Saeng Night Cutter™ Product Review

By Don Eilenberger <>

Bar-Mounted Night Cutter Light Back around Thanksgiving (late November for non-USA people) ... I'd asked here if anyone had any first-hand experience with the Saeng/TA "Night-Cutters™" which were somehow brought to my attention at their web site.

I received no answers, so I emailed them asking for info. I got a brochure in the mail, and email from Saeng. I later called with some fitment questions - and they were very helpful on the phone.. the person I spoke with (Steve?) owns a GS and was familiar with all the BMW models.

I finally decided on the bar-mount model (made to fit bars around +/- some amount 1") - planning on mounting them on my crash bars on my K100RT. The lights are approx. 5" wide, 2 1/2" high and about 3" deep. Rectangular lens.

Cost from Saeng is $94.95/pair + shipping.

Christmas morning arrived, and Santa must have heard my wish, 'cause under the tree was a pair of the lights.

Christmas week was sorta boring, so I started plans to mount and wire them. Planning took a lot of going to the garage and staring at things, getting the parts took about 15 minutes (heavy duty relay from the local auto-parts emporium - Bosch sort of design, with a tab and screw hole in the tab for mounting. Wire came from one of my many boxes of wire - had some decent marine grade #12. Also an in-line heavy duty mini-spade fuse assembly was obtained from auto-parts store, and one of those sorta universal rectangular lighted switches). Total cost of parts was about $15.

View from left front Mounted the lights on the crash bars as high as I could. The right side of the bike determined the actual height - about 20" off the ground since this bar is a bit closer to the fairing than the left side bar. Mounting was easy, and looked clean (not hokey). This is a photo of the left side, from the front.

The wiring from the lights is in a nice sorta braided loom, with wires about 20" long. These I passed through the same hole the bars mount to the upper engine mounts with, and I tie-wrapped them to the bars.

View of braid from left rear Nice clean looking installation. Here is a view of the left side, from rear, showing the braided wiring.

I took one of the blank switch panels out, and using a drill and a fine coping saw, and a bit of filing - the universal lighted switch (I chose blue) fit right in and looked good (not hokey ... I hate hokey).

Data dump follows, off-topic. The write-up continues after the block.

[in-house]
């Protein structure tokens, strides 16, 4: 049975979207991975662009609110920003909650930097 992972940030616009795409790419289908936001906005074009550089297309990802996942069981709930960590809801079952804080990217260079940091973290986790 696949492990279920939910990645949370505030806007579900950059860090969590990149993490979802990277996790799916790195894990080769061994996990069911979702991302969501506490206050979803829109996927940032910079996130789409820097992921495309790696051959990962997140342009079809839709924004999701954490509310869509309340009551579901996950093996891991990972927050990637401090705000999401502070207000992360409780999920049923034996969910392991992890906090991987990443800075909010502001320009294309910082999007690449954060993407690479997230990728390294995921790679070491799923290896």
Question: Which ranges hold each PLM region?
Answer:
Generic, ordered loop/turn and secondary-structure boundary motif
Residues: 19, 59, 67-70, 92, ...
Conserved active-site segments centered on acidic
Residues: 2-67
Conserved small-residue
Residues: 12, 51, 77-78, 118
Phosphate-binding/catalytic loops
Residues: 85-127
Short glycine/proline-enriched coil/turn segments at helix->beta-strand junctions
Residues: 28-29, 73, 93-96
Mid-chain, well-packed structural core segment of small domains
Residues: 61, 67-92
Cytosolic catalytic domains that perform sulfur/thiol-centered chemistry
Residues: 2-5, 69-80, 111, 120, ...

Wiring was straightforward - I tapped off the radio switched power (turns on/off with the ignition) up to the switch. The switch being lighted needs a ground, so it got one, and then a wire from the switch following the standard handlebar wiring down to the relay. The relay I mounted behind the left kneepad of the fairing, and made male/female connectors so the lights can be easily disconnected in order to remove the crash bars (which is necessary to remove the lower fairing sides, which is necessary for lots of service on this bike).

Hooked the pigtail fuse from the battery to the power-in connection on the relay - put a 30A fuse in it, and it was off and running.

SO - the review part (whew!)

Took bike to a consulting job today - which ran longer than I thought it would, so it was dark when I started home.

When I first started out - the lights were pointing to a position about 15' in front of the bike, which wasn't too useful.

Managed to find a deserted street with a house right at the end about 400' away, and adjusted the lights (which can be done sitting on the bike by leaning way forwards!) so they dropped to the ground at about 400', and converged at about the same point.

I then started driving home ... it didn't SEEM a lot different, but I hadn't ridden the bike at night for a long time since I felt I couldn't see ... and then I realized I COULD see - and see quite well.

So - I tried switching them off - and I thought I'd gone blind. I was certain the headlight was burned out - but it wasn't ... it was just pitiful compared to the amount of light, and the pattern of the auxiliary lights.

I did a fair amount of riding in traffic - with oncoming in the next lane - and received no headlight flashes - so I'm guessing they were not blinding people.

Do I think they are worth the $95? - yep. Every penny of it. They are not as 'intense' as Larry Fears Dear Blasters[tm] (PIA-110's) but it appears that I can leave these on when in traffic - something I don't think Larry can't really do.

When I spoke with Saeng - I asked about the bulbs - they are standard H4 55w bulbs - and Saeng said the housing was rated up to 100w bulbs if I felt I needed them. I don't feel I need them.

What next? I'll probably move the power feed to the switch from the radio connection to the offloader relay in the fusebox - this way they'll turn off automatically when starting the bike. For some reason the radio power is NOT on this relay.

Anyone with questions about'm - feel free to email me!

OH - In comparing the relative brightness of these lights to the headlight, the headlight - looking at the lights facing the front of the bike, looks pitiful. It really looks yellow in color - and since it is also a 55w low-beam - to me this means it isn't getting the voltage it should. Got the relay to rewire this - mebbe tomorrow... I think it is WELL worth doing. I'll write this up - and mebbe take a few photos while doing it.

They also make "body mounts" which require drilling one hole (which I didn't want to do) and just came out with (not in their brochure ... they told me about the) - fork mounts for the GS.

DISCLAIMER - I have no interest in Saeng, 'cept being a customer and liking their product and the service I received. Santa (SWMBO) paid full price + shipping for the lights.

Don Eilenberger
Spring Lk Hts, NJ, USA

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Last Update: Tuesday, January 20, 1998